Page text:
Go qround Vaccarès in 2 days by bike
Cycling along the largest pond in Camargue, is to discover many migratory birds, flamingos, horses but it is also to walk paths with unique vegetation. It is sometimes necessary to listen, to scrutinize the horizon for a few minutes to see the emblematic species of this preserved place. A perfect combination to enjoy remarkable views of the pond and to admire the rich diversity of fauna and flora of Camargue!
The fortified church of Saintes-Maries-de-la-Mer
True highlight of the Camargue (15 m), the church offers a breathtaking view of the village and all the Camargue. The 53 steps of a spiral staircase lead to the roof of the church where the panorama unfolds in all its splendour : up there, you can take advantage of a wide angle vision on the city, the sea and the ponds. Intense and sparkling blue of the Mediterranean Sea, purple hue of the Imperial pond The wind, the sun, the view of the calm expanse of the sea invite you to discover this landscape.
At the graus level (or passages), communication canals between the sea and the littoral ponds, you will find fish, towards the flooded sansouïre and the ponds or towards the sea. Migrating species include mullet, sea bass, but also sea bream, sole and especially eel. Born in the Sargasso Sea, she joined the Atlantic and Mediterranean coasts after a long journey. She comes to grow in the coastal ponds or rivers where she spends several years of her life.
The Departmental Reserve of Imperialists
Classified Departmental Reserve, Imperial and Malagroy Ponds were acquired by the Departmental Council of Bouches-du-Rhone in 1964 to protect these fragile natural environments (2,770 ha) which are home to many species of birds. The fishing, a traditional activity in Camargue, is practiced in the Imperial reserve in a boat without motor which imposes the use, as formerly, of the "partygue" (pole). Fishermen are looking for shrimps, eels.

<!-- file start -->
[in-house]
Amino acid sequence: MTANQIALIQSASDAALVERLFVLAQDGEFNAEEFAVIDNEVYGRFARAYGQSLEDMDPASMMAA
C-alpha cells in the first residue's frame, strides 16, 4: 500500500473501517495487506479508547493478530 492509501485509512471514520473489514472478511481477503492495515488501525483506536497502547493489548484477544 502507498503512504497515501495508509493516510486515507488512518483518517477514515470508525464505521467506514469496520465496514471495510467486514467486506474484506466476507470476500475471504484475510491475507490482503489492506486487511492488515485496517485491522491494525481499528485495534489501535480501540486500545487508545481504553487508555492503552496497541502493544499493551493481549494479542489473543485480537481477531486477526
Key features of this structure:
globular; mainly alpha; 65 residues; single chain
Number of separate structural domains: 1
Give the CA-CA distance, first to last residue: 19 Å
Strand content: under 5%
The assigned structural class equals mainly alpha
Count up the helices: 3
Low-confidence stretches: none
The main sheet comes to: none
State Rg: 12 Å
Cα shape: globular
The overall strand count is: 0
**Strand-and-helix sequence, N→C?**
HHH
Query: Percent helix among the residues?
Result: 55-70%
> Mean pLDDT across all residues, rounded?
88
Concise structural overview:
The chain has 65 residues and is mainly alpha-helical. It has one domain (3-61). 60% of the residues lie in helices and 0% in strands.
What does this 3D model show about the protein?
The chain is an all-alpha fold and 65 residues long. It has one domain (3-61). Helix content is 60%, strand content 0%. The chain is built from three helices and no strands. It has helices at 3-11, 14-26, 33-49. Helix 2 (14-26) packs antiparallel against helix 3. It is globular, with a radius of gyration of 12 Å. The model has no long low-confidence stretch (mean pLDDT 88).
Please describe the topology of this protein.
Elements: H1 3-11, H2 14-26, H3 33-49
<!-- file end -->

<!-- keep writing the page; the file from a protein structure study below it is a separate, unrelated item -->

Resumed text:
Le Bouvau d’Aubanel
There are 40 species of mosquitoes but only ten are biting. Females recover protein from the human blood that are necessary for the maturation of their eggs. They lay thousands of eggs on the soil dried up that are waiting, sometimes years, the rise of the waters to hatch. The mosquito is inconvenient for the man but it is useful to many species: dragonflies, fish, bats ... that feed on them. It is therefore an indispensable link in the Camargue biodiversity.
Sweet and reed marshes
The "soft" marshes are characteristic of the upper Camargue, where the influence of salt is less marked. Consisting of a dense and high vegetation (reeds, cattails, bulrushes), they are a sanctuary for many birds (ducks, stilts ...), amphibians and reptiles. The reed beds, interspersed with open water, extend into these slightly brackish freshwater marshes. Habitat of waterfowl, some are cut in winter for harvesting the reed, which is used to cover the thatch roofs.
Ponds or lagoons
The Vaccarès, ruler of the average Camargue, and the lower salt ponds are the heart of the Camargue. Separated from the sea by a sandy cordon, they are in intermittent communication with the sea. A favourite place for birds and fish, they play a vital biological role in the delta and play a major role in water management. Millions of young marine fish come here to spend the first year of their lives before returning to the sea.
The Bois des Rièges
Located in the heart of the Camargue National Nature Reserve, the Bois des Rièges has been classified as an integral reserve since 1927. The wood consists of 8 massive wooded dunes, the last vestiges of a Camargue coastline some 3000 years ago! There is also: large juniper groves, centennial Phenicia and umbrella pines. No incongruous remains that dot so often Provencal nature, the Bois des Rièges is the last space of the Camargue where nature has retained its rights.
The European bee-eater
Representative landscape of the lower Camargue, the sansouïre constitutes an environment where salt exerts a total influence. She lives to the rhythm of the seasons: large body of salt water in winter, mudflats in spring and autumn, cracked ground and salt-white desert in summer. The vegetation, low and sheepish, is brown in winter, green in spring and red in autumn. Only a few specialized plant species develop there, because of the strong presence of salt: salicornia, soda, obione, saladella .
The Camargue National Nature Reserve